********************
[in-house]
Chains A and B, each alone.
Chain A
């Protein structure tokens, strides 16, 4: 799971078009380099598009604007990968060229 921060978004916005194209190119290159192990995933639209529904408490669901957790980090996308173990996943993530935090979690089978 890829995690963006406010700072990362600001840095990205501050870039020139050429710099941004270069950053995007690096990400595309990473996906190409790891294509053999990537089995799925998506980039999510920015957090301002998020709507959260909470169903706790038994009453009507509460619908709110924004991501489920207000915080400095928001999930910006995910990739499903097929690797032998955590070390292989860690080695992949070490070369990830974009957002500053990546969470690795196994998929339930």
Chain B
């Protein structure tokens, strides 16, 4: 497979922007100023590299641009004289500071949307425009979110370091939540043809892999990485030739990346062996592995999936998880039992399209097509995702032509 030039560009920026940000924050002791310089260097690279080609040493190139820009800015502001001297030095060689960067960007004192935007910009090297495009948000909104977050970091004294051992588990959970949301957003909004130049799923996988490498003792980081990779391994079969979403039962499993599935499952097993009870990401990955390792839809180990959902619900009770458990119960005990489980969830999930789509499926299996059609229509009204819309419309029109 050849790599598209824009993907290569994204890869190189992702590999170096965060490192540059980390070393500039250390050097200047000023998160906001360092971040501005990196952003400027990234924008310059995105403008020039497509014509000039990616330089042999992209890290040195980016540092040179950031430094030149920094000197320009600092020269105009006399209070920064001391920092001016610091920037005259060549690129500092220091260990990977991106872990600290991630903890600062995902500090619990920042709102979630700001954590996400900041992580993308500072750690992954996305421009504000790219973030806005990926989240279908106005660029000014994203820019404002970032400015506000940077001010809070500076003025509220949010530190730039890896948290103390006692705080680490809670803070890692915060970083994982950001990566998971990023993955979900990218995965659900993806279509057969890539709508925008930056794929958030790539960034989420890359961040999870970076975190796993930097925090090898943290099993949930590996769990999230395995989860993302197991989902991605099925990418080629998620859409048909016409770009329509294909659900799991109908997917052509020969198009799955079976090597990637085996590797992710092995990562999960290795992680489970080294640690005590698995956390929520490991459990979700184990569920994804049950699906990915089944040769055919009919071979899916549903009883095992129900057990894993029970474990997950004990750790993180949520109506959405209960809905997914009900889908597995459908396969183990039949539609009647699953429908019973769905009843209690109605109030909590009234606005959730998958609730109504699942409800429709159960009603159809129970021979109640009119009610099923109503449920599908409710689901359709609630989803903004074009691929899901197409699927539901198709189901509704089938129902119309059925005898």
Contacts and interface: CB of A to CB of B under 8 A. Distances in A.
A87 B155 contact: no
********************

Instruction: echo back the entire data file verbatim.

[in-house]
Chains A and B, each alone.
Chain A
């Protein structure tokens, strides 16, 4: 799971078009380099598009604007990968060229 921060978004916005194209190119290159192990995933639209529904408490669901957790980090996308173990996943993530935090979690089978 890829995690963006406010700072990362600001840095990205501050870039020139050429710099941004270069950053995007690096990400595309990473996906190409790891294509053999990537089995799925998506980039999510920015957090301002998020709507959260909470169903706790038994009453009507509460619908709110924004991501489920207000915080400095928001999930910006995910990739499903097929690797032998955590070390292989860690080695992949070490070369990830974009957002500053990546969470690795196994998929339930």
Chain B
């Protein structure tokens, strides 16, 4: 497979922007100023590299641009004289500071949307425009979110370091939540043809892999990485030739990346062996592995999936998880039992399209097509995702032509 030039560009920026940000924050002791310089260097690279080609040493190139820009800015502001001297030095060689960067960007004192935007910009090297495009948000909104977050970091004294051992588990959970949301957003909004130049799923996988490498003792980081990779391994079969979403039962499993599935499952097993009870990401990955390792839809180990959902619900009770458990119960005990489980969830999930789509499926299996059609229509009204819309419309029109 050849790599598209824009993907290569994204890869190189992702590999170096965060490192540059980390070393500039250390050097200047000023998160906001360092971040501005990196952003400027990234924008310059995105403008020039497509014509000039990616330089042999992209890290040195980016540092040179950031430094030149920094000197320009600092020269105009006399209070920064001391920092001016610091920037005259060549690129500092220091260990990977991106872990600290991630903890600062995902500090619990920042709102979630700001954590996400900041992580993308500072750690992954996305421009504000790219973030806005990926989240279908106005660029000014994203820019404002970032400015506000940077001010809070500076003025509220949010530190730039890896948290103390006692705080680490809670803070890692915060970083994982950001990566998971990023993955979900990218995965659900993806279509057969890539709508925008930056794929958030790539960034989420890359961040999870970076975190796993930097925090090898943290099993949930590996769990999230395995989860993302197991989902991605099925990418080629998620859409048909016409770009329509294909659900799991109908997917052509020969198009799955079976090597990637085996590797992710092995990562999960290795992680489970080294640690005590698995956390929520490991459990979700184990569920994804049950699906990915089944040769055919009919071979899916549903009883095992129900057990894993029970474990997950004990750790993180949520109506959405209960809905997914009900889908597995459908396969183990039949539609009647699953429908019973769905009843209690109605109030909590009234606005959730998958609730109504699942409800429709159960009603159809129970021979109640009119009610099923109503449920599908409710689901359709609630989803903004074009691929899901197409699927539901198709189901509704089938129902119309059925005898």
Contacts and interface: CB of A to CB of B under 8 A. Distances in A.
A87 B155 contact: no